The Core 100 program invites students and faculty from the College to join us for our weekly lecture series. Each week, all of the first-year students participate in lecture-discussions with about 400 of their classmates. We have space in the Center for the Arts (Building 1P) Williamson Theatre to accommodate individual guests (no permission needed) and can have as many as two additional classes at each of the lectures. Permission is not necessary for classes to attend, but please notify Donna Scimeca at 718.982.3405 if you plan to bring a class.

The lectures are 50 minutes in length and are all in the Williamson Theatre. They meet on the following days/times: Wednesdays at 12:20pm and 3:35pm, and on Thursdays at 8:00am, 10:10am, 4:40pm, and 6:30pm.

In the fall, the Saturday 10:10am lectures are held in the Williamson Theatre, but due to space limitations, we unfortunately cannot accommodate additional classes.

The Lecture Series schedule for the Week of Mar. 21, 2016 is as follows:

Wednesday, Mar. 23

No lecture today.  Classes are following a Friday class schedule.

Thursday, Mar. 24

-8:00am: “Racial Segregation in the U.S. Military, presented by Niles French

Explore the history of segregation in the United States through examining the experiences of African American soldiers and the legal changes that our nation has faced in the military.

Niles French is a published Adjunct Professor who has presented several papers about various historical topics. In addition to teaching in the Core 100 and American Studies programs at the College of Staten Island, he is head of development at the Staten Island Historical Society at Historic Richmond Town.

-10:10AM:  “Ending the Long Night of Racial Injustice: Martin Luther King and the Civil Rights Movement,” presented by Edward Manganel

This lecture will examine MLK’s leadership of the Civil Rights Movement, his successful strategy of non-violent civil disobedience, and the power of his oratory.

Professor Manganel received his BA from Marist College in American History/Political Science, his MA from the University ff Colorado in American History. He is the former Chair of the Social Studies Department and AP U.S. History teacher at Monsignor Farrell HS, and has been an Adjunct Professor at CSI for 20 years.

-4:40pm: “The 10th Amendment versus the 14th Amendment,” presented by Vincent DePaolo and Victor Miller, in collaboration with students Jason Andrade and Harley Schick

Two of our Core students, Jason Andrade and Harley Schick, will be assisting both professors in a debate over civil rights issues from the 19th century to the present. Through the lenses of the Abraham Lincoln and Stephen Douglas debates, we will be discussing these pertinent issues from a 10th-Amendment and 14th-Amendment perspective.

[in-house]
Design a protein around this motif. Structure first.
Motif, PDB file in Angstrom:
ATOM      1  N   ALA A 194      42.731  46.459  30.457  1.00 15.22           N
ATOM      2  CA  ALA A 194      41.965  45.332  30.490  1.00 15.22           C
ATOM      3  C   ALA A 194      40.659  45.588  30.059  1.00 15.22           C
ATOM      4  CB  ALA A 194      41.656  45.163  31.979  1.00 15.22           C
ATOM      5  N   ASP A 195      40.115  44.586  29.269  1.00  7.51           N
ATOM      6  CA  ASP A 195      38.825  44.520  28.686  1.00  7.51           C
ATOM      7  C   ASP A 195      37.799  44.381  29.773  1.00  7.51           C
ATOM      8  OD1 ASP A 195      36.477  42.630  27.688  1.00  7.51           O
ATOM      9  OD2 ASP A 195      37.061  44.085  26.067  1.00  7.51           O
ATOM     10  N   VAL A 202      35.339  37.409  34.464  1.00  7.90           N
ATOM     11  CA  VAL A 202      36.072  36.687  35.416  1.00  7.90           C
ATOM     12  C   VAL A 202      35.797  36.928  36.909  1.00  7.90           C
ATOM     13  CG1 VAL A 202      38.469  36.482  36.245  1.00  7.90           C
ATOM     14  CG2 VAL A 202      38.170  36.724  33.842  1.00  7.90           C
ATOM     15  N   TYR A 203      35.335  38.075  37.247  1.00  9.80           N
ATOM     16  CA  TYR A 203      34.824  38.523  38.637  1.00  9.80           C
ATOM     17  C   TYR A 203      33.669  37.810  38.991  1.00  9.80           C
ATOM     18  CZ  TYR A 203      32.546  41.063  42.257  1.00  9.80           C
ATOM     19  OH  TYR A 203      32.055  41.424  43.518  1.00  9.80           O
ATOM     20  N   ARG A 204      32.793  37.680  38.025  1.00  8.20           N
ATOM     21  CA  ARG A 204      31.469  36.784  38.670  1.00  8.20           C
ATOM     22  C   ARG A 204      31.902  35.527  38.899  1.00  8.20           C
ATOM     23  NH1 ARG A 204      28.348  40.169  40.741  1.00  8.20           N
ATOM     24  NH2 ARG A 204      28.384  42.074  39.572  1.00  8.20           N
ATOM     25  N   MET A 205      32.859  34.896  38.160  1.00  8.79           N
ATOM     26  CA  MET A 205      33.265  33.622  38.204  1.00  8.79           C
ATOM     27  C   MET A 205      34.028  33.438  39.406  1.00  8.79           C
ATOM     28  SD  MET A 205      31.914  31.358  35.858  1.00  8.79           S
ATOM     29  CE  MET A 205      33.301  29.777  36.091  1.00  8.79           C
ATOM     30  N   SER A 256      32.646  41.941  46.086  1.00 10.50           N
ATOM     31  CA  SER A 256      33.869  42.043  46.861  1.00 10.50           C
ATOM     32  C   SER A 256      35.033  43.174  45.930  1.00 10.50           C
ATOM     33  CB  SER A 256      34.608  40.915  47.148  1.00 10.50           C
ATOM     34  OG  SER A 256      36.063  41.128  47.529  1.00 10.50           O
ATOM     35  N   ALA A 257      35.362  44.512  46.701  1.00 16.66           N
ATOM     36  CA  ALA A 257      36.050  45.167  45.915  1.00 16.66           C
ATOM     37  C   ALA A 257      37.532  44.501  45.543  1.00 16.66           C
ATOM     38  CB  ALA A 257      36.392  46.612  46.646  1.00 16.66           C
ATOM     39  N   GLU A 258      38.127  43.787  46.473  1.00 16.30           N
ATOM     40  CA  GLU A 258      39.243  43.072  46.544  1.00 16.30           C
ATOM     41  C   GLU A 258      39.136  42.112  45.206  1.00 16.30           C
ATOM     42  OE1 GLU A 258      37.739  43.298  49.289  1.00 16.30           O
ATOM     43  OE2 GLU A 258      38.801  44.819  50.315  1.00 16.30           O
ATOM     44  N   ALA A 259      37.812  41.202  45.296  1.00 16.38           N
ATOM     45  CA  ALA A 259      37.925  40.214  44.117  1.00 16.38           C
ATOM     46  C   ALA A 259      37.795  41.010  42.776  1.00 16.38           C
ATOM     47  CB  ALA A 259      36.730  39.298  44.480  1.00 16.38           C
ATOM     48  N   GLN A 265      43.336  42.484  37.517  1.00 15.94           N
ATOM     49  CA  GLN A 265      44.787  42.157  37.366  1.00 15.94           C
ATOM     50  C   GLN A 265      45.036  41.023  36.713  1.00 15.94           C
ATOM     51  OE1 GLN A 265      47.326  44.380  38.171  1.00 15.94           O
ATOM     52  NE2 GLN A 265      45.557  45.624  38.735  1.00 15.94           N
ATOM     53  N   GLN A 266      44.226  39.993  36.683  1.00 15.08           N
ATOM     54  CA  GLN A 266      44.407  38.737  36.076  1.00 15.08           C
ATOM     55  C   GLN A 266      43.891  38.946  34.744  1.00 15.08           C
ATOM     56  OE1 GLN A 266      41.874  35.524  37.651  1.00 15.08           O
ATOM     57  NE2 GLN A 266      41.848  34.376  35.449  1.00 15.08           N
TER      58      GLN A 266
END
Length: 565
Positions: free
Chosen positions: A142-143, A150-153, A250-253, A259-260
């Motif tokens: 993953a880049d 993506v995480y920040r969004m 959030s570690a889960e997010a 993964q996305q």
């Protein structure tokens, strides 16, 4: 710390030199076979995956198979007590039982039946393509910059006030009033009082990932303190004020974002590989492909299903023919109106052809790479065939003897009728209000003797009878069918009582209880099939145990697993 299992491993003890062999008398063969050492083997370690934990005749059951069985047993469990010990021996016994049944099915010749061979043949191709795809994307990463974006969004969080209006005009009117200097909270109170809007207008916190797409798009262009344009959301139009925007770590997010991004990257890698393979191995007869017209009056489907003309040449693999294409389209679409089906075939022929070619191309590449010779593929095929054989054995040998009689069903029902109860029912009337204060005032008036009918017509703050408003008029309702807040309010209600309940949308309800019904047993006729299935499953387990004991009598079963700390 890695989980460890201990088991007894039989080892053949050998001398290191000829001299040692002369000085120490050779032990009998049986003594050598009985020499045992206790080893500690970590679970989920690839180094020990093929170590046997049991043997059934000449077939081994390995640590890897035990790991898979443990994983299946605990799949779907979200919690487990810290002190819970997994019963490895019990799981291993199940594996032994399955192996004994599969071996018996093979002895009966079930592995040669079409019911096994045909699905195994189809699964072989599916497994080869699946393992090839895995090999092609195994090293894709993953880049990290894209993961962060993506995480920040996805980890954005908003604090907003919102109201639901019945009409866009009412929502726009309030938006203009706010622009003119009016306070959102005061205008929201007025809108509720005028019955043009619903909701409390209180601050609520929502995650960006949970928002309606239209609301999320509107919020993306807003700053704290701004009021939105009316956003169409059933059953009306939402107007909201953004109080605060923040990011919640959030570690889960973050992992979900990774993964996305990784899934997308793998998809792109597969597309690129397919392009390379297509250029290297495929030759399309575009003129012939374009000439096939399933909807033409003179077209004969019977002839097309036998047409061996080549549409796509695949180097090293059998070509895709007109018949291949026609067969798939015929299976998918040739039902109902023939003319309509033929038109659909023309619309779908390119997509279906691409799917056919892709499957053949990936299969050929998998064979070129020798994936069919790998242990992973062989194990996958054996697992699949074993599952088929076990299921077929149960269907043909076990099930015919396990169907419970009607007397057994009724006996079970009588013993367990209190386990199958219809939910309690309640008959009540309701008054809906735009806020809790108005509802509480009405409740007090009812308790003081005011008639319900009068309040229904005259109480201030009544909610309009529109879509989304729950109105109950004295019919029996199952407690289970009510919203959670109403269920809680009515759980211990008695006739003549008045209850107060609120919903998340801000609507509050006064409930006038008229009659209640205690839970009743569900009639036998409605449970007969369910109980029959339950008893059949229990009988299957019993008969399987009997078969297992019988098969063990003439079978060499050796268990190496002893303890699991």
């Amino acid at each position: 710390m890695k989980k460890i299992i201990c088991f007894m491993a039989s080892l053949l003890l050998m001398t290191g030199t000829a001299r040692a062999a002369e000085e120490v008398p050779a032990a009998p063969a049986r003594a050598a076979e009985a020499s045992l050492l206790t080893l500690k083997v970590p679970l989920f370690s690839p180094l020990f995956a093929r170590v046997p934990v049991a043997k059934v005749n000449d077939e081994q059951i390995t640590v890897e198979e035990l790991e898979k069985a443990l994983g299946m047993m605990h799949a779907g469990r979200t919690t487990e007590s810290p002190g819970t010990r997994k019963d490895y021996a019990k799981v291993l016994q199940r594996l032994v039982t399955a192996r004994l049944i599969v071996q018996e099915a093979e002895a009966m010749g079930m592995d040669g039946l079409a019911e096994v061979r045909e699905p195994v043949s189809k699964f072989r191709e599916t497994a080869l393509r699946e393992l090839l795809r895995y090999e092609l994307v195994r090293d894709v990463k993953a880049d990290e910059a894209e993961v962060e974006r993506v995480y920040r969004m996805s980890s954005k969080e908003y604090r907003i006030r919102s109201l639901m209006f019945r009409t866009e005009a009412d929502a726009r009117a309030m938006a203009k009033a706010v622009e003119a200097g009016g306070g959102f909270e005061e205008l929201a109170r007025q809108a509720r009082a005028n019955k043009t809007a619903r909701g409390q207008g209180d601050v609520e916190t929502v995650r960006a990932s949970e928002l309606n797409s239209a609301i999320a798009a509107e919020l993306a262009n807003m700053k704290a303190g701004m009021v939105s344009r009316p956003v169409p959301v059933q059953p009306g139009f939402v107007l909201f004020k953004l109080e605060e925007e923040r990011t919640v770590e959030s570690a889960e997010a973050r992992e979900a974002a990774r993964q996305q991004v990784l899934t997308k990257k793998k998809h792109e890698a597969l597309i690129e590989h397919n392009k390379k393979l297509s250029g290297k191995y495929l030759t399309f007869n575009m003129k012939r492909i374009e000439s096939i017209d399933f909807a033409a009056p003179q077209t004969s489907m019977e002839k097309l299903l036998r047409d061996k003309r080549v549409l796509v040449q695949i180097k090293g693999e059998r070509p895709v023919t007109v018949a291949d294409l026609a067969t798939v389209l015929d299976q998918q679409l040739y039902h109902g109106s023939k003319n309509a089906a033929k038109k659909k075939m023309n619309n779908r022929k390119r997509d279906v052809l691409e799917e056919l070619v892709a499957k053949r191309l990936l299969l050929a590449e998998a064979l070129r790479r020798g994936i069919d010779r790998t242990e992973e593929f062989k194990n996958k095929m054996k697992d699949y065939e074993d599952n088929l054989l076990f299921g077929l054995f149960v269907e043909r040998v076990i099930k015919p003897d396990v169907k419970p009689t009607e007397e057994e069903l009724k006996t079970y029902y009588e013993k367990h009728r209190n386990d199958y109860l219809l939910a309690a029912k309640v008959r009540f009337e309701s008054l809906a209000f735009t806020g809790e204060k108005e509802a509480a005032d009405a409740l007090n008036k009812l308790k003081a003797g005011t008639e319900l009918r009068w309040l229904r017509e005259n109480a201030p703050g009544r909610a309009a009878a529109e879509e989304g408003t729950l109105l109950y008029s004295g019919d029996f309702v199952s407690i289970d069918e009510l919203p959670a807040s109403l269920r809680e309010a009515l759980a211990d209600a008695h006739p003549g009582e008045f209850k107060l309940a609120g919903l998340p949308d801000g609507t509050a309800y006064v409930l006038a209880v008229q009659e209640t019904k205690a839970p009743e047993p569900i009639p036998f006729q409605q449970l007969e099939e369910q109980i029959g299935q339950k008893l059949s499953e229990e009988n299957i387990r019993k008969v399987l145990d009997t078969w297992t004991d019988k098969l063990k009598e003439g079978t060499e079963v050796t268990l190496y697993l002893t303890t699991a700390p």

Jason Andrade is a water treatment specialist who has been working as a sales consultant since 2006. He has obtained two degrees from the Chubb Institute for computer programming and computer technical support. While working for Cascade Water Services, Inc., he negotiated and was awarded the domestic water treatment contract for the World Trade Center Tower 1 building. Jason Andrade now lives in Brooklyn, NY.

Harley Schick is 18 years old and a graduate from Tottenville High School. She enjoys bowling and is the vice president of the USBC. Harley is currently a student at the College of Staten Island. She is working hard toward her degree and hopes to be a nurse.

Professor DePaolo earned a BA in History and MS in Social Science with a concentration in History and Advanced Graduate Certificate in United Nation Studies at Long Island University- Brooklyn Campus.​ He has also earned a Master’s degree in Secondary Social Studies from the College of Staten Island/CUNY.

Professor Miller earned a BA in History at the College of Staten Island in 2005 and an MS in Adolescent Education in 2008. He has been an adjunct of CORE 100 since February 2012 and currently also works for the Office of Academic Support. Victor is the of author of the “Summer of ’87” Reacting to the Past classroom simulation and also recently served on the CORE 100 textbook editing committee.

-6:30pm: Utopian Idealist vs. Pragmatist:  W.E.B. DuBois vs. Booker T. Washington,” presented by Donna Scimeca

Core students are expected to be able to answer these important questions by the end of the course: How has American democracy tried to achieve racial justice?  Specifically, how have American ideas on race changed from slavery to the civil rights movement?

These questions cannot be answered, and no examination of civil rights is complete, without analyzing the rivalry and differences between two important early civil rights leaders, W.E.B. DuBois and Booker T. Washington.  Their clashing ideologies would help shape and define the future of civil rights in the U.S.

Donna Scimeca earned an MA in History from the College of Staten Island, and is the Core Program and Learning Community Coordinator at CSI.